Once inside the shrine, the celebrations for my daughter began. Unfortunately, you're not allowed to take photos within the inner shrine itself (not visible here), nor of the ceremony where the Shinto Priest (in our case, Priestess) does the blessing. To be honest, there's no time to do so anyway for a parent, because there are a lot of small rituals you need to do and a lot of standing up, sitting down, and bowing to do. Plus, I had to nurse my youngest daughter on my knee. Sometimes, I like keeping certain things private.
After the official ceremony was done, we went back out into the shrine grounds and bought some "ema" to write on. They are little wooden blocks that you write dreams on and hang in the shrine. You can see them in this photo below. But what I want you to pay more attention to is the color of my wife's kimono and my daughter's kimono. The colors are deliberate and are another great example of the thought that goes into Japanese culture and its efforts to think of others first as often as possible.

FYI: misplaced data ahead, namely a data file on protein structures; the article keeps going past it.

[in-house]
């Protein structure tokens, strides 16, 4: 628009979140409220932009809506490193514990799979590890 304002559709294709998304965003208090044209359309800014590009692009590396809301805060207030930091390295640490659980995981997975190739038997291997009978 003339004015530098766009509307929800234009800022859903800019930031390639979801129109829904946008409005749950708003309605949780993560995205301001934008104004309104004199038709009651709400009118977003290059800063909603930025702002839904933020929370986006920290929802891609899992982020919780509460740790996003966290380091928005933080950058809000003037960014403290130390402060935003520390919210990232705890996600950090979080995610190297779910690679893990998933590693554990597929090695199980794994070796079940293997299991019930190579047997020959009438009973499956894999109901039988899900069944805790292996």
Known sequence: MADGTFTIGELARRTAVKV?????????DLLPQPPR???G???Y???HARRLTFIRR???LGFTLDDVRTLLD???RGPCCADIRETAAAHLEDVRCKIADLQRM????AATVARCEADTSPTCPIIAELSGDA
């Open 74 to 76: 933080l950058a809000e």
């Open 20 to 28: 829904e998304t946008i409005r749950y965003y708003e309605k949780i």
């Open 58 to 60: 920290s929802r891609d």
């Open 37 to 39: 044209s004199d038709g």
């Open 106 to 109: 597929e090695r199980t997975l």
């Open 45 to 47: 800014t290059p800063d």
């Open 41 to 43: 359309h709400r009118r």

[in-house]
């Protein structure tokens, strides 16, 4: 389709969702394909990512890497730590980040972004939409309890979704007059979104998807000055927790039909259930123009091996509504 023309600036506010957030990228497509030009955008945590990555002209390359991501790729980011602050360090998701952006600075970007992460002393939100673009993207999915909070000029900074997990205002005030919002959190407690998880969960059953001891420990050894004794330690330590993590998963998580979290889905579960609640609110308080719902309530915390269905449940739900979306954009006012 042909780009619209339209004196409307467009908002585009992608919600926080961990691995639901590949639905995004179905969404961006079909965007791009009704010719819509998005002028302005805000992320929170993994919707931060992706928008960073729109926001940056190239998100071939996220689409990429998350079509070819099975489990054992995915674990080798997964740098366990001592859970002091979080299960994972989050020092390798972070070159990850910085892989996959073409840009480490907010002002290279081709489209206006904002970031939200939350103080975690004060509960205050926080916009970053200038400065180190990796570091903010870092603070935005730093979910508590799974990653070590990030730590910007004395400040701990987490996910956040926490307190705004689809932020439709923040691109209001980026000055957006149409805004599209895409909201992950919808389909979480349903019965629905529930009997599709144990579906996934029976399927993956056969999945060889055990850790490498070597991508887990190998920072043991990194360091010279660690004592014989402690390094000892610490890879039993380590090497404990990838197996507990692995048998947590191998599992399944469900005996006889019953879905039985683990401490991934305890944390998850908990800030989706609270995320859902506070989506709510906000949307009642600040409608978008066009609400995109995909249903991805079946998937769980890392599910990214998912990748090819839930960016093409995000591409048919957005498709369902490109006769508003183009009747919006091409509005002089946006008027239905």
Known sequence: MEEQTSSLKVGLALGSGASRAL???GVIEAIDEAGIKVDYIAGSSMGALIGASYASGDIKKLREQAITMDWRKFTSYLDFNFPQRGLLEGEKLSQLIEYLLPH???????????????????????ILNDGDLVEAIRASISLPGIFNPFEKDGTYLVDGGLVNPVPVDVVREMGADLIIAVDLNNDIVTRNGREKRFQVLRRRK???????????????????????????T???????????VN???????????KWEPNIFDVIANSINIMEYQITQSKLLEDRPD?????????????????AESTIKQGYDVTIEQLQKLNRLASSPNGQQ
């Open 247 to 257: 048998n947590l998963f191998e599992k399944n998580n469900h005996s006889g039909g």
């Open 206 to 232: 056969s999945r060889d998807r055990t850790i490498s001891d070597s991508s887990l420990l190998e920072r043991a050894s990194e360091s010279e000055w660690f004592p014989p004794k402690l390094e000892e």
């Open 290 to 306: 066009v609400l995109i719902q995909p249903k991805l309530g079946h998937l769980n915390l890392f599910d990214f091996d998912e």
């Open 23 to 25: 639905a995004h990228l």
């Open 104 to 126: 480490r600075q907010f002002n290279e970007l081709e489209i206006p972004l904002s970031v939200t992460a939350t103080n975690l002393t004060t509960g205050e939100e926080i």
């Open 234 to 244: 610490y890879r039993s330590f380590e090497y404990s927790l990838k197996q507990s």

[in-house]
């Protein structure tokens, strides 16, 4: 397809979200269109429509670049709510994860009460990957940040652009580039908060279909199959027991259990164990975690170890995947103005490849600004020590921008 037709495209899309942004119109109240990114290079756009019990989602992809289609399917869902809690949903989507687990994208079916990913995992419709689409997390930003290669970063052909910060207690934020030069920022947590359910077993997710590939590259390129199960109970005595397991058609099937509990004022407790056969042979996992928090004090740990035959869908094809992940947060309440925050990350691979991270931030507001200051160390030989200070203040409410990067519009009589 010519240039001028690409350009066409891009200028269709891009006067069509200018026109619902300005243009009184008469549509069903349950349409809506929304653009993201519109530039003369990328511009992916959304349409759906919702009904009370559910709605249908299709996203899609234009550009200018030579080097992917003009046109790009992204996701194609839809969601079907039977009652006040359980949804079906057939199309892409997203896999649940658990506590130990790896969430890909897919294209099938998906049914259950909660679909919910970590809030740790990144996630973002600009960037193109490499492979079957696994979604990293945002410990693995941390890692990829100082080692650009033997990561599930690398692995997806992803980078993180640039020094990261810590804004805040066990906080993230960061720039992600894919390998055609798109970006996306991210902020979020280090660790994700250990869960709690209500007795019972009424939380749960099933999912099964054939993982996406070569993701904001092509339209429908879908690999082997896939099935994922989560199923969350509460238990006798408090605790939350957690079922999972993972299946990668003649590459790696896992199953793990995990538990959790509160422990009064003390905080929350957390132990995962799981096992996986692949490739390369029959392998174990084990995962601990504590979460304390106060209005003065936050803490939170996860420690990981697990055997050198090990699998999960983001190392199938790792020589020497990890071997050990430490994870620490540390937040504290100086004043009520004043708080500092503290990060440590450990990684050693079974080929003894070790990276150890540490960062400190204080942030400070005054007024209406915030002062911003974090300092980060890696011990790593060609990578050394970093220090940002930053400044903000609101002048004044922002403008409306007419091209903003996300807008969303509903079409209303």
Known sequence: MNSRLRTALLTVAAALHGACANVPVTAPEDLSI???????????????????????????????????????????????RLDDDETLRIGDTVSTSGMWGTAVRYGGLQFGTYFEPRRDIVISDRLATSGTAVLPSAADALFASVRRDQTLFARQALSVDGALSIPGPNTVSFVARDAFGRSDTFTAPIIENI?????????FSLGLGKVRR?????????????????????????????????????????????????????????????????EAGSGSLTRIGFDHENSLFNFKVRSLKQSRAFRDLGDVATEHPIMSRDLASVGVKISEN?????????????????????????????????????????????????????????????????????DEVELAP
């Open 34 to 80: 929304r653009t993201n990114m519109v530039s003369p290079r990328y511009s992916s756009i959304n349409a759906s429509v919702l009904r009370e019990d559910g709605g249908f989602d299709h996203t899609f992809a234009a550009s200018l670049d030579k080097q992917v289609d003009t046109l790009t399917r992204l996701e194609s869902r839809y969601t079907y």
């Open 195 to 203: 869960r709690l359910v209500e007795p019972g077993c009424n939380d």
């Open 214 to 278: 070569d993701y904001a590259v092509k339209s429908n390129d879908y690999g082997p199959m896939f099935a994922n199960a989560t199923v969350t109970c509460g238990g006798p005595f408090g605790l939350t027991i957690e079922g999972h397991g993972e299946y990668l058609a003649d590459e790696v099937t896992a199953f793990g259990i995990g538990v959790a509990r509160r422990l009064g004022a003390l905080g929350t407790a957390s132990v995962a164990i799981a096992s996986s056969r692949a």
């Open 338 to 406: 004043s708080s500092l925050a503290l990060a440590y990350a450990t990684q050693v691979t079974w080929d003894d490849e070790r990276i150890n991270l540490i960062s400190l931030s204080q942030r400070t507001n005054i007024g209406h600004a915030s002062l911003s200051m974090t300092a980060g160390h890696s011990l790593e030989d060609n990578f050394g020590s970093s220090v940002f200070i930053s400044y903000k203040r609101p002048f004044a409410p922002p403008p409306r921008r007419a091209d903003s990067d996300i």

You can see here that my daughter's kimono is a bright, dazzling red and my wife's is a more understated creamy, lightish color. That's because the day is to celebrate the daughter, and therefore, the mother's kimono must not be so bright or vivid that it takes any attention away from the daughter. It's all about the daughter on this traditional day, and her kimono and appearance must reflect that. I never knew this until I saw lots of other mothers wearing rather plain (though beautiful) kimonos and asked my wife about it. Without hesitation, she explained the reasoning. I love that there's almost always a reason for the cultural customs in Japan and most people know about them when you ask.
In summing up, this was my first "shichi, go, san" celebration, but I have three more to come. This day showed me so many parts of Japanese culture that I have grown to love and admire over the years and use to assuage any doubts about calling this country my home. It's not perfect, but I do love the respect and loyalty to tradition it has and the respect and help that people show to each other.
Do you have any similar experiences in Japan you'd like to share or of other countries that have equally impressed you? I'd love to hear about them in the comments below.